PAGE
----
Wharton depicts the art of snubbing; it's so difficult to object to these snubs, because no one talks about it or dismisses you to your face. Mrs. Lidcote is also trapped for another reason: the traditions and thoughts of this social circle are the only ones she really knows. In the broader world, they may not mean as much, but Mrs. Lidcote's world doesn't seem to have broadened much, even after she moved overseas. Even though she's an outcast, she remains governed by this society and its arbitrary judgments. Maybe she never tried to break away from it out of concern for her daughter, who remained behind; also, any kind of radical change to her values or character would be tremendously difficult.

Title: Here Come the Maples
Author: John Updike
Where I Read It: The Granta Book of the American Short Story

A couple gets divorced, and Updike isn't interested in all the details of why it happened. It isn't a rancorous divorce. Updike sets up the ceremony of the divorce, in its courthouse setting, to mirror the ceremony of the marriage. He's interested in the dismantling of the relationship – how its structure, which involves more than the two people at its heart, needs to get taken down. He's good at writing about these seemingly gentle, massive breaks.

Title: The Ladder
Author: V.S. Pritchett (Victor Sawdon Pritchett)
Where I Read It: A Walk in My World

The main reason I found this story memorable was how the characters express their feelings indirectly through architecture and home layout. A girl, her dad, and her new stepmother (formerly her dad's secretary) share a house. The dad has initiated renovations, something his first wife had asked for. The second wife doesn't really stand a chance. As a wife, she's changed her persona from brisk, efficient secretary to a deliberately helpless creature. Her marriage to the dad seems doomed from the beginning. All it takes to end it is for the daughter to move a ladder. There's a wryness to the story I enjoyed; it's the right tone for these passive-aggressive characters.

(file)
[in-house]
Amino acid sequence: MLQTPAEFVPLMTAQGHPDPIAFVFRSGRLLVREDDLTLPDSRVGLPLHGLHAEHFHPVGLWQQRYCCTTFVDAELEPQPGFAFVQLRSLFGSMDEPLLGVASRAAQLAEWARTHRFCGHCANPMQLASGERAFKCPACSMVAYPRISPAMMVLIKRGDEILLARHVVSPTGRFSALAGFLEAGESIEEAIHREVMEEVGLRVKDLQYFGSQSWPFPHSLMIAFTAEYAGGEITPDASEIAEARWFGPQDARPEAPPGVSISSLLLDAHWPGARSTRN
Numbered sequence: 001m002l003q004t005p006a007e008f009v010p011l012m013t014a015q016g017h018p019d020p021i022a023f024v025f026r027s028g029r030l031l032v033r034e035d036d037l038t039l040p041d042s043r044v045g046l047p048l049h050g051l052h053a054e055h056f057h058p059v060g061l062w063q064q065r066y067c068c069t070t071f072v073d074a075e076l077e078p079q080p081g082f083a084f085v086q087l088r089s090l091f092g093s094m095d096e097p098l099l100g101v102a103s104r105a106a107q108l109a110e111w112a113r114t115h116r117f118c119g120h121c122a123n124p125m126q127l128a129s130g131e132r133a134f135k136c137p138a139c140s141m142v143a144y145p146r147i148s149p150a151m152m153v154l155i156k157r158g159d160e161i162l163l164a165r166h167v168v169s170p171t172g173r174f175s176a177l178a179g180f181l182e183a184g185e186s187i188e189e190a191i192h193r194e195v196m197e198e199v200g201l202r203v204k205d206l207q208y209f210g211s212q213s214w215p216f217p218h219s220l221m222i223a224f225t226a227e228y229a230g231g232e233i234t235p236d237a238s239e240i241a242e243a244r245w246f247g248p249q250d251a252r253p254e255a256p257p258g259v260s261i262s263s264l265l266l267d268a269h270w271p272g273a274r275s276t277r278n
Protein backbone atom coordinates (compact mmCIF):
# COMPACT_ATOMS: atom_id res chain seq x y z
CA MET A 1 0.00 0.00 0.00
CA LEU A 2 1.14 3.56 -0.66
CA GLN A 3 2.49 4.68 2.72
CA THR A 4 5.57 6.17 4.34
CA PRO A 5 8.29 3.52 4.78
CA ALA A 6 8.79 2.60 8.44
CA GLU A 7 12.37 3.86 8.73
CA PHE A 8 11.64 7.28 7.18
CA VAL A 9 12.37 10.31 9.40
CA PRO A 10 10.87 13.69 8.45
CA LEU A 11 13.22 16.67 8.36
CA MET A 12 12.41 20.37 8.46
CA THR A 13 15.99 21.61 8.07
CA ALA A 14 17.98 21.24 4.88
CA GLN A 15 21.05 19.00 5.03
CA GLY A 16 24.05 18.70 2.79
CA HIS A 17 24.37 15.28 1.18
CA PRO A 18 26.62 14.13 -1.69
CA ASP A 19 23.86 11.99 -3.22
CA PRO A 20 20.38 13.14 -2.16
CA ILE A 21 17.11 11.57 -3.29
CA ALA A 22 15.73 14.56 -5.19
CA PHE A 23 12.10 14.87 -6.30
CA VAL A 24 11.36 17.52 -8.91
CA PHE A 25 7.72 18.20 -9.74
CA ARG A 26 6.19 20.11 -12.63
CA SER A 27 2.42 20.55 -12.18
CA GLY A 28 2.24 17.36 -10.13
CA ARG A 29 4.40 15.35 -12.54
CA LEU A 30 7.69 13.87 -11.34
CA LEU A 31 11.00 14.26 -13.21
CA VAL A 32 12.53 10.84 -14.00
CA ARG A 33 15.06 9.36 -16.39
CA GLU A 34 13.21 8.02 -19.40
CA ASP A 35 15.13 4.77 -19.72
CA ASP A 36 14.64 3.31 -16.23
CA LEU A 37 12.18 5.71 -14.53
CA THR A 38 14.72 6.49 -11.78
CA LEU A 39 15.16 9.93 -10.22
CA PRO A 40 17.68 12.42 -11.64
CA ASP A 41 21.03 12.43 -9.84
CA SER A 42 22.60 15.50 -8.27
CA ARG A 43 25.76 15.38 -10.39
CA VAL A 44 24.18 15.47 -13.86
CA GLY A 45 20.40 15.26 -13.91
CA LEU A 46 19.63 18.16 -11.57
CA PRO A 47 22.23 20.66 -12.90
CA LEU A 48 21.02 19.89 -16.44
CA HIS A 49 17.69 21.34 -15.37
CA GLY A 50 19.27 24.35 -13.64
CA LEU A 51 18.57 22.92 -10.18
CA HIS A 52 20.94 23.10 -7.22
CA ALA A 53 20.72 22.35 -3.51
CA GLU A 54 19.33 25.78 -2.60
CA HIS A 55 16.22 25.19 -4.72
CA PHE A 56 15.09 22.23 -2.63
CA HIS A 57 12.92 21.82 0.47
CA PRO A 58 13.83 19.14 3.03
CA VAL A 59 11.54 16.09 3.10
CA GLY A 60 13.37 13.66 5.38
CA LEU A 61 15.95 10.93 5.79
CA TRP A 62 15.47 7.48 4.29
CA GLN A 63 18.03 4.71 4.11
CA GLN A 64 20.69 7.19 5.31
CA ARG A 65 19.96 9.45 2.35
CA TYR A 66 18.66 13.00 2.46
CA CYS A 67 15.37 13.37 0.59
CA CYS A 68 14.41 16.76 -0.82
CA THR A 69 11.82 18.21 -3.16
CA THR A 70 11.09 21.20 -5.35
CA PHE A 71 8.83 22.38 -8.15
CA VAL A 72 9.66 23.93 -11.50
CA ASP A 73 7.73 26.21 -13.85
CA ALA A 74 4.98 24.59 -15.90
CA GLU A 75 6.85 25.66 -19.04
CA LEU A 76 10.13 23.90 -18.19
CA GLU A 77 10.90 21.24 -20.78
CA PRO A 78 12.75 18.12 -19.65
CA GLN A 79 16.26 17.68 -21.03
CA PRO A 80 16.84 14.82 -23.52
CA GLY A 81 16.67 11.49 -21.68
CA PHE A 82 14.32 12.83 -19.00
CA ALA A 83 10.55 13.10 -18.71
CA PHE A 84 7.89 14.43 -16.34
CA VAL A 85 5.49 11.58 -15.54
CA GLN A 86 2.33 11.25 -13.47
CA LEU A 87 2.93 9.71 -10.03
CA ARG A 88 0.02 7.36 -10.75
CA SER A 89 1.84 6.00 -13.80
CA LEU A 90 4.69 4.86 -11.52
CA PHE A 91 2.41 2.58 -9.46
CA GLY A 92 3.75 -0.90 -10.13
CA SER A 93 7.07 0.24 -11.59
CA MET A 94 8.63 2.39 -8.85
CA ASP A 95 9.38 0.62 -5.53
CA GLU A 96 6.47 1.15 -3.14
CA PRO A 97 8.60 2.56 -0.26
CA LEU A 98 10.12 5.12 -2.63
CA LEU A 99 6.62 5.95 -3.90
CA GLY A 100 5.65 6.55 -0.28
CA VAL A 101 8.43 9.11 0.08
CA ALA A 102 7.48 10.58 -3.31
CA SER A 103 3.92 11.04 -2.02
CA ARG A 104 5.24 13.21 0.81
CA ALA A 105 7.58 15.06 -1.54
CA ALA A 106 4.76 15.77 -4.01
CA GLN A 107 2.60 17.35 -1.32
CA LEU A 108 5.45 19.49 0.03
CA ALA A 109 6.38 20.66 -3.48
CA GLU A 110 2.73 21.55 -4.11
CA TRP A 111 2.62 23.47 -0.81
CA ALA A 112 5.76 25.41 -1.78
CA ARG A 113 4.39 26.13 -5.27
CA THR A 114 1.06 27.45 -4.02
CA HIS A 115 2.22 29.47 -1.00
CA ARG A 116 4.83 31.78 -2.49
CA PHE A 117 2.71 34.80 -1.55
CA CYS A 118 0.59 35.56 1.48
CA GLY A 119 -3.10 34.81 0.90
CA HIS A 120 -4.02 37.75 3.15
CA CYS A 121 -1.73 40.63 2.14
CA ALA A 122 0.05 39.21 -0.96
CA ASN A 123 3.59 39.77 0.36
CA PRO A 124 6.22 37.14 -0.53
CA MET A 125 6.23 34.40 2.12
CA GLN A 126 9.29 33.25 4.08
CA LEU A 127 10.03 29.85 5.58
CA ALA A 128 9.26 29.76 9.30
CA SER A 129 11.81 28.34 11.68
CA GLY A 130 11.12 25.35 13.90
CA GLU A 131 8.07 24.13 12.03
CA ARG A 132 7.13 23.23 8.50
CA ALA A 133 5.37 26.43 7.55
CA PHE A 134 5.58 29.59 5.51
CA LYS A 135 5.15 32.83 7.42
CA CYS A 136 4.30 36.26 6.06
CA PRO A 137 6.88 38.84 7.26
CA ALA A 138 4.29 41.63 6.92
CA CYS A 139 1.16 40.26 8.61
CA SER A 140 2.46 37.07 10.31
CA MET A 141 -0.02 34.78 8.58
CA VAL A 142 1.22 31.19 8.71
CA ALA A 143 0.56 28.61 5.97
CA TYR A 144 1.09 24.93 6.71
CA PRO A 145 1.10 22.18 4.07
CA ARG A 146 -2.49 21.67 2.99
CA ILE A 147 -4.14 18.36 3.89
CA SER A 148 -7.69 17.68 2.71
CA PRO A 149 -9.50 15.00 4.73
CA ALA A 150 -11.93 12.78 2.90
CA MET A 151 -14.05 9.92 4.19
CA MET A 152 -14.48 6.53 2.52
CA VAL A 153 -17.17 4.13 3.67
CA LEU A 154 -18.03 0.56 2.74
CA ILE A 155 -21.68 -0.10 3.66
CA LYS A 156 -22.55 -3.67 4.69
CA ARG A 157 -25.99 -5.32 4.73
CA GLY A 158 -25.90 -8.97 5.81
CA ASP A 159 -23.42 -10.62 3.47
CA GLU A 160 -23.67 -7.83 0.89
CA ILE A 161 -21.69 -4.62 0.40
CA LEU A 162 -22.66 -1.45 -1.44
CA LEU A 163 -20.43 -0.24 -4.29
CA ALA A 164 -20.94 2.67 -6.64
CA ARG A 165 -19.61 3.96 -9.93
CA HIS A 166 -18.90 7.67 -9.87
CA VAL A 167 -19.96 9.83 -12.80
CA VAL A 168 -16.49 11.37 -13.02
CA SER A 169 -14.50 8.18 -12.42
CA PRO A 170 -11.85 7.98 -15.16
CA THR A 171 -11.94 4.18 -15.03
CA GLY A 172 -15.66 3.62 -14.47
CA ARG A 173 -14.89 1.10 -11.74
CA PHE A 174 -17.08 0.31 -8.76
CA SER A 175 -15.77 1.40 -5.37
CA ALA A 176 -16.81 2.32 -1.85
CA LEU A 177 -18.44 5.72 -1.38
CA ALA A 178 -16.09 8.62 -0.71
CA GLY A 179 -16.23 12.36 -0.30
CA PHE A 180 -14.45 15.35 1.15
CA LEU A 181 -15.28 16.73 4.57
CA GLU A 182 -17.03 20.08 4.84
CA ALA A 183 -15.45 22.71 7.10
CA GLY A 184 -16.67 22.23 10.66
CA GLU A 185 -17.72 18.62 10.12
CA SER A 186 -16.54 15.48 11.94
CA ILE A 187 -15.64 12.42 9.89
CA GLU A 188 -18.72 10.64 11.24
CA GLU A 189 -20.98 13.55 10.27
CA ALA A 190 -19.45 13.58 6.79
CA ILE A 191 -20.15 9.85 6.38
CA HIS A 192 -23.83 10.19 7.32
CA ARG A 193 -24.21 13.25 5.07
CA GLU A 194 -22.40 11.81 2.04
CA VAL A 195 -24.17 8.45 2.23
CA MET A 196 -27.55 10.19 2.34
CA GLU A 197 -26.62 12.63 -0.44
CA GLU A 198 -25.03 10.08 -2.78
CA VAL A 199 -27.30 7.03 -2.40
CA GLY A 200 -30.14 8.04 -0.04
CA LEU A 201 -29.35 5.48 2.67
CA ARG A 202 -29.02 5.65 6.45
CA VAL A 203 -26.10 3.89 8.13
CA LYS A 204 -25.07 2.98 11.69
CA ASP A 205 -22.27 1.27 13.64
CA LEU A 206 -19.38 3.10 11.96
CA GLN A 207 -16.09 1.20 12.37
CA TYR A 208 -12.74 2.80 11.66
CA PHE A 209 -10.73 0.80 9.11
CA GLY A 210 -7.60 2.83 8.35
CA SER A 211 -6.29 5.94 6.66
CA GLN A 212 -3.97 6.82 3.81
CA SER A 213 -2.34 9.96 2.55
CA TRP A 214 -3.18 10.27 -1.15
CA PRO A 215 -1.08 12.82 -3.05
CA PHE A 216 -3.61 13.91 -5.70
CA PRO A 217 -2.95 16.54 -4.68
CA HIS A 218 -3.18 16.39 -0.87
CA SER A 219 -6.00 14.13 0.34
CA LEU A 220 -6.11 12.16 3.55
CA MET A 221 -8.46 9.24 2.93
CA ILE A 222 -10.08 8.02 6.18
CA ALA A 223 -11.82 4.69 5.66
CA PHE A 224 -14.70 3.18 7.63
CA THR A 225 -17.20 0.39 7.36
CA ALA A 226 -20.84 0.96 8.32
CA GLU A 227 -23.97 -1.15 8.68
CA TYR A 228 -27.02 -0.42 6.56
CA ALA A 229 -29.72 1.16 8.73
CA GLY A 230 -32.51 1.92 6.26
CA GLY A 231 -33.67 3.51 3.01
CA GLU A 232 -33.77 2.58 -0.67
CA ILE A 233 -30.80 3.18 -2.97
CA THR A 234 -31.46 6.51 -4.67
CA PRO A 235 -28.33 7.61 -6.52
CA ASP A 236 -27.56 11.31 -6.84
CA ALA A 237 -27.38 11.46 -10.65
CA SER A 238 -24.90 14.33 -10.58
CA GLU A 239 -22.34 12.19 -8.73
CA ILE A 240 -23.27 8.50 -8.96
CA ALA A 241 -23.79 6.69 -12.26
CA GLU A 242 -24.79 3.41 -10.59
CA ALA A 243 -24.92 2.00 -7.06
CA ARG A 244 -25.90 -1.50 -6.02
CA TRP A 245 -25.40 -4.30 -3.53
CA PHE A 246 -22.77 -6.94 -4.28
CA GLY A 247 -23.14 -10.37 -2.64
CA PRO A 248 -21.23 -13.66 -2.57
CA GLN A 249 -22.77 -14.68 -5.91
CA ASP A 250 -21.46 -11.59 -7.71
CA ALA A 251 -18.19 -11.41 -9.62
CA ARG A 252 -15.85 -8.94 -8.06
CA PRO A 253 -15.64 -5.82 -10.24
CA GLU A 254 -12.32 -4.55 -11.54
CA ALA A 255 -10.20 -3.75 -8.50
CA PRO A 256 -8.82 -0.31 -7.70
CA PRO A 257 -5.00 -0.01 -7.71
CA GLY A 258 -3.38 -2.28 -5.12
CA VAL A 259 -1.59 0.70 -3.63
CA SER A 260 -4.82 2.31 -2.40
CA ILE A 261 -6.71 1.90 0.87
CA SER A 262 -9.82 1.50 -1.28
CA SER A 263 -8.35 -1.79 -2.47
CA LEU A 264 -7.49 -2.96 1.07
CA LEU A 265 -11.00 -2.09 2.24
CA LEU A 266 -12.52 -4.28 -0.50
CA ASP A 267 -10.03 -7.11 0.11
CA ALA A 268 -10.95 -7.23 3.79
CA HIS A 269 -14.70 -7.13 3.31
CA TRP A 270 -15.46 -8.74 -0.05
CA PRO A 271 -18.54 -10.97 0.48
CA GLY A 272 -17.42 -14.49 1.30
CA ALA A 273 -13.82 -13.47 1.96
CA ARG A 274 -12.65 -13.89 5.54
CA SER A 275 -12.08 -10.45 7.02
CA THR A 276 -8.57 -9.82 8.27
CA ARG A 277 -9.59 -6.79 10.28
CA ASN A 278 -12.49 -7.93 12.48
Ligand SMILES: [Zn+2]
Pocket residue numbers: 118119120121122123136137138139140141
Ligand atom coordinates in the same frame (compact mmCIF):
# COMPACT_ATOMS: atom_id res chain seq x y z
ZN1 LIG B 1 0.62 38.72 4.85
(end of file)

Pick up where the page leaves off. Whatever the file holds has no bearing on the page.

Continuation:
Title: Making Arrangements
Author: Elizabeth Bowen
Where I Read It: Dumped

Hewson Blair, a stodgy man from an upper class background, married a younger woman who has now run off with her lover. Blair's marriage was passionless, ensconced in wealth and routine. At the start of "Making Arrangements," he receives a letter from his wife requesting that he have her dresses packed up and sent to her. She compliments him for his talent in making efficient arrangements, and tells him that it's for the best that their marriage ended, as they were incompatible.